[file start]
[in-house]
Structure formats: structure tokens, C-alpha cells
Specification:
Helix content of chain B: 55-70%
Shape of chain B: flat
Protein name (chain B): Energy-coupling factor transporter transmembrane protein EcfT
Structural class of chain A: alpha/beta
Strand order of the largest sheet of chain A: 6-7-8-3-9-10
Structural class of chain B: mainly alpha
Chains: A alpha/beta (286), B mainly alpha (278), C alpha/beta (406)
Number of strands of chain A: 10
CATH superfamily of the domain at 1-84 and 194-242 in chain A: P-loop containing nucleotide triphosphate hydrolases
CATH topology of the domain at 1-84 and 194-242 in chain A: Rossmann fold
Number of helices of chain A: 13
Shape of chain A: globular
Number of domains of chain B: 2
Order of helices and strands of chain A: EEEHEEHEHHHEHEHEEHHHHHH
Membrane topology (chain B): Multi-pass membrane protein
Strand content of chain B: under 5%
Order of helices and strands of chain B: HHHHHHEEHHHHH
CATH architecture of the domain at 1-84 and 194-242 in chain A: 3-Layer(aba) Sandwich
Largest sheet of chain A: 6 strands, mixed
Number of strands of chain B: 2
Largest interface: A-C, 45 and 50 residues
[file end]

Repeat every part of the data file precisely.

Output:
[in-house]
Structure formats: structure tokens, C-alpha cells
Specification:
Helix content of chain B: 55-70%
Shape of chain B: flat
Protein name (chain B): Energy-coupling factor transporter transmembrane protein EcfT
Structural class of chain A: alpha/beta
Strand order of the largest sheet of chain A: 6-7-8-3-9-10
Structural class of chain B: mainly alpha
Chains: A alpha/beta (286), B mainly alpha (278), C alpha/beta (406)
Number of strands of chain A: 10
CATH superfamily of the domain at 1-84 and 194-242 in chain A: P-loop containing nucleotide triphosphate hydrolases
CATH topology of the domain at 1-84 and 194-242 in chain A: Rossmann fold
Number of helices of chain A: 13
Shape of chain A: globular
Number of domains of chain B: 2
Order of helices and strands of chain A: EEEHEEHEHHHEHEHEEHHHHHH
Membrane topology (chain B): Multi-pass membrane protein
Strand content of chain B: under 5%
Order of helices and strands of chain B: HHHHHHEEHHHHH
CATH architecture of the domain at 1-84 and 194-242 in chain A: 3-Layer(aba) Sandwich
Largest sheet of chain A: 6 strands, mixed
Number of strands of chain B: 2
Largest interface: A-C, 45 and 50 residues